A Brief History of Rhetoric in Narrative Advertising

A Brief History of Rhetoric in Narrative Advertising

Nilay Tan Çakır (Ondokuz Mayıs University, Turkey)
Copyright: © 2019 |Pages: 13
DOI: 10.4018/978-1-5225-9790-2.ch014

Abstract

The term “rhetoric” is derived from the Greek word rhetor. In its original meaning, the term is known to be used for describing an “orator,” a term which refers to a person or a politician giving a speech in a public space or defending himself/herself in the court in Antique Age because in Greek city-states, social sphere was the place where spoken language and face-to-face communication prevailed in antique age conditions. Today, on the other hand, the population to be addressed has enlarged, and new platforms which can influence a number of people at the same time have emerged. Advertising is one of those platforms in which rhetoric is most frequently used because “persuading” the consumer is one of the most significant elements in advertising content. Besides, advertising is a persuasive narrative form and has strong influence in terms of rhetorical figures. In this chapter, a brief history of rhetoric is presented, and then a relationship between rhetoric and advertising narrative is established.
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Introduction

Rhetoric, a term which was first uttered by ancient Greek philosophers, is frequently used in advertising today. Originally, it emerged on the basis of effective and persuasive speech. In our age, however, it has gained an increasing influence due to technological, cultural and social opportunities, and it stands out with its visual and digital aspects. According to Uğur Batı, rhetoric has a significant role in linguistic studies to be performed on languages developed functionally and purposively such as advertisements. In advertising communication, the aim of the source is to make a change in attitudes and behaviors in line with a preset objective. Language use in advertisements has a special role for realizing this objective. Rhetorical elements are used in advertising language due to the structure and function of the language (Batı, 2016, pp. 72-73). The strategic use of language is important in order to increase the effectiveness of communication, accomplish a maximum level of persuasion, and attain effective perception, learning and evocation. Rhetorical tools, which are the most crucial means of persuasion, are indispensable for advertising messages (McQuarrie & Mick, 2001 quoted by Batı, 2016, p. 73).

By means of appealing to their customers’ dreams and emotions, brands offer them experiences. In this way, they contribute to their customers’ quest for “a good life.” This is where narrative and advertising coincide (Erdem, 2017, p. 254). Rhetoric, which dates back to ancient times, has been used by advertisers in order to touch consumers’ dreams and sensations. At this point, along with rhetoric, several other concepts contribute to both creating and analyzing advertising contents.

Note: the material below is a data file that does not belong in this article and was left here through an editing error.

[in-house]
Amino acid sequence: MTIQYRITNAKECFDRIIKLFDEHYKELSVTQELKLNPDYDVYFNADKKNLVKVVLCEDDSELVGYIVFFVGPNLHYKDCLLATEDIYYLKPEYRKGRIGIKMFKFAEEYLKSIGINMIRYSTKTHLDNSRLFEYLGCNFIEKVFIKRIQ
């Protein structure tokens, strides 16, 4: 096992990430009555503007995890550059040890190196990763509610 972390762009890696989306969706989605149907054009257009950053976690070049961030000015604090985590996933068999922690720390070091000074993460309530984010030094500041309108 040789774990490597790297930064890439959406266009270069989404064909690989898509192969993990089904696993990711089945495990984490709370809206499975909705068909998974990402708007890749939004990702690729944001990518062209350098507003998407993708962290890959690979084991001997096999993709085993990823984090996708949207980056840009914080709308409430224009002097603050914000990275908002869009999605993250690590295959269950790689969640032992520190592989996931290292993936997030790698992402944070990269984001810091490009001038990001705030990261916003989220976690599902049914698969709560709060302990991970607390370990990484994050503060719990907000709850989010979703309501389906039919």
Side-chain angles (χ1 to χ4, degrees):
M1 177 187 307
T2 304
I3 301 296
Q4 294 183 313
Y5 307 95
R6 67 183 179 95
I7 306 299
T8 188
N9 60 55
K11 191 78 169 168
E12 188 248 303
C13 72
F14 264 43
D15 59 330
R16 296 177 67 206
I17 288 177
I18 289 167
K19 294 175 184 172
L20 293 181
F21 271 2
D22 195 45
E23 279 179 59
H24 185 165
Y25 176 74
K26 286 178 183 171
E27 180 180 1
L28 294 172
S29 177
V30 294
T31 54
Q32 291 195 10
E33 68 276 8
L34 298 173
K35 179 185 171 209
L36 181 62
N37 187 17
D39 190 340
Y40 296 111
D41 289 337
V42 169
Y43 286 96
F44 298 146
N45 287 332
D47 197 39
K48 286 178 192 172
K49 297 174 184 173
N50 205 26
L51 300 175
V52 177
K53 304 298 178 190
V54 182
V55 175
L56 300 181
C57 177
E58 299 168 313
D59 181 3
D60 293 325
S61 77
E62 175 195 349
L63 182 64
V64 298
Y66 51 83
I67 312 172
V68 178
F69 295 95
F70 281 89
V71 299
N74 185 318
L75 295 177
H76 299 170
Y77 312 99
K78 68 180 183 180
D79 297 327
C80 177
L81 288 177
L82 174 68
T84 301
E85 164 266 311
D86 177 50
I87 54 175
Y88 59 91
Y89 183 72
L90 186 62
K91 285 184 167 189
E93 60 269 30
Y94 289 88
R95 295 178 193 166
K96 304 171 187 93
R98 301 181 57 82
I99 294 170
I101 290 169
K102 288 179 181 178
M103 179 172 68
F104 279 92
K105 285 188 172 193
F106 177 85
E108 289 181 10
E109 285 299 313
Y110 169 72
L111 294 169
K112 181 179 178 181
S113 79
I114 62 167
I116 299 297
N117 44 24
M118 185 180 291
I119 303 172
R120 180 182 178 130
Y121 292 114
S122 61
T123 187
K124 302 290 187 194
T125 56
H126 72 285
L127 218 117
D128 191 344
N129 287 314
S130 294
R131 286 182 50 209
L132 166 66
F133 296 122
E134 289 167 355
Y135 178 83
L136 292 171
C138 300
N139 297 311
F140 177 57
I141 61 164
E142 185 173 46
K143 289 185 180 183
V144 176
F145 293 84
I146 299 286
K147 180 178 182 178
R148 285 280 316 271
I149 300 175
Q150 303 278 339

Because of the changes that rhetoric has undergone down the ages and its various depictions, a variety of definitions made for rhetoric have been presented in this study. In antique ages, serving a purpose of persuading the audience on a certain subject, the term referred to the art of oratory used in politics, in the court and in various ceremonies. Nowadays, as well as in verbal language, it is also used in written, visual, and digital media for a powerful communication.

Similar to rhetoric, narrative theory also dates back to ancient Greece. According to Dervişcemaloğlu, the foundations of narrative theory was laid with Aristotle’s Poetics Despite its old history, it was not until the mid 20th century that it could become a research topic of science. In his book The Republic, based on basic modes of expression, Plato classifies literary forms in two groups, which are “mimesis” (imitation/representation) and “diegesis” (narration). He asserted that “mimesis” is the direct narration of dialogues and monologues, which means presenting them directly through imitation. “Diegesis”, on the other hand, involves all statements that can be referred to the author. This basic distinction pioneered the distinction between showing/telling and summary/scene, which was made in the 20th century (Dervişcemaloğlu, 2014, p. 198).

Aristotle’s Poetics put forward a second criterion which is still valid today and necessary for comprehending a narrative. This criterion is the distinction between the totality of events that occur in a depicted world and “mythos”, a term which refers to de facto narrated plot. Aristotle argued that de facto narrated plot presents a cluster of events selected and designed considering the aesthetic concerns and logical requirements. In this way, his functional attitude towards the fictional protagonists in Poetics and their actions is revealed (Liveley, 2019, p. 26; Dervişcemaloğlu, 2014, pp. 15-17).

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